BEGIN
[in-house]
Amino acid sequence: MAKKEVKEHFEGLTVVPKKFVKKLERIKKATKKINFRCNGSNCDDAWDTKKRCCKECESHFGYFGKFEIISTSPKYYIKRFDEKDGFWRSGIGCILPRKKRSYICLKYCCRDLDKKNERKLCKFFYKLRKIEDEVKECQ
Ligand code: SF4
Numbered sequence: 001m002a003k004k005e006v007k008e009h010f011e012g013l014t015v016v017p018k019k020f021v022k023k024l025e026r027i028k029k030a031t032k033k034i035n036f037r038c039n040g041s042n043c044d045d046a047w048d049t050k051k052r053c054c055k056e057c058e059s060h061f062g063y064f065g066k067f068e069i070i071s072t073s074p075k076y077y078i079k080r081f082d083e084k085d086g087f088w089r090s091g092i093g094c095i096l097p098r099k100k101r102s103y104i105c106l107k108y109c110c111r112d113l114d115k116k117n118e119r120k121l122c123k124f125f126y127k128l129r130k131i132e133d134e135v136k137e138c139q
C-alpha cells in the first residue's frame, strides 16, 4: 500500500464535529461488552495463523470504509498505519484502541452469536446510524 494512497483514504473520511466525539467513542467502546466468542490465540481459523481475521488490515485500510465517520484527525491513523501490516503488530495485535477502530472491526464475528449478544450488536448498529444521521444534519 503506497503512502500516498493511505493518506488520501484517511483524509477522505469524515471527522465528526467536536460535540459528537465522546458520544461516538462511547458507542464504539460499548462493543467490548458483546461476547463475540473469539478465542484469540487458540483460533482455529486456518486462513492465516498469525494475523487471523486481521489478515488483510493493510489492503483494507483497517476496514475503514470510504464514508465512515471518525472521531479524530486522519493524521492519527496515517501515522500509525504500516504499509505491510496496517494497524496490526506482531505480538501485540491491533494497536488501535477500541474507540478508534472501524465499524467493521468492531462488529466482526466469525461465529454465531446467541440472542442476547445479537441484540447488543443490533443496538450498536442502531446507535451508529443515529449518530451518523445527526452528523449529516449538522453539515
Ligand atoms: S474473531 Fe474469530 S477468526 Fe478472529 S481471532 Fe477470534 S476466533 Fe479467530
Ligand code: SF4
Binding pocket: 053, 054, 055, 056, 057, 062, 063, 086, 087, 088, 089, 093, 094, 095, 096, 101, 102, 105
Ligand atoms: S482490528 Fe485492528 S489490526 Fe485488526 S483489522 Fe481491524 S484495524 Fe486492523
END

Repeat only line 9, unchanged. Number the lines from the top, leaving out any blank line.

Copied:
Ligand atoms: S482490528 Fe485492528 S489490526 Fe485488526 S483489522 Fe481491524 S484495524 Fe486492523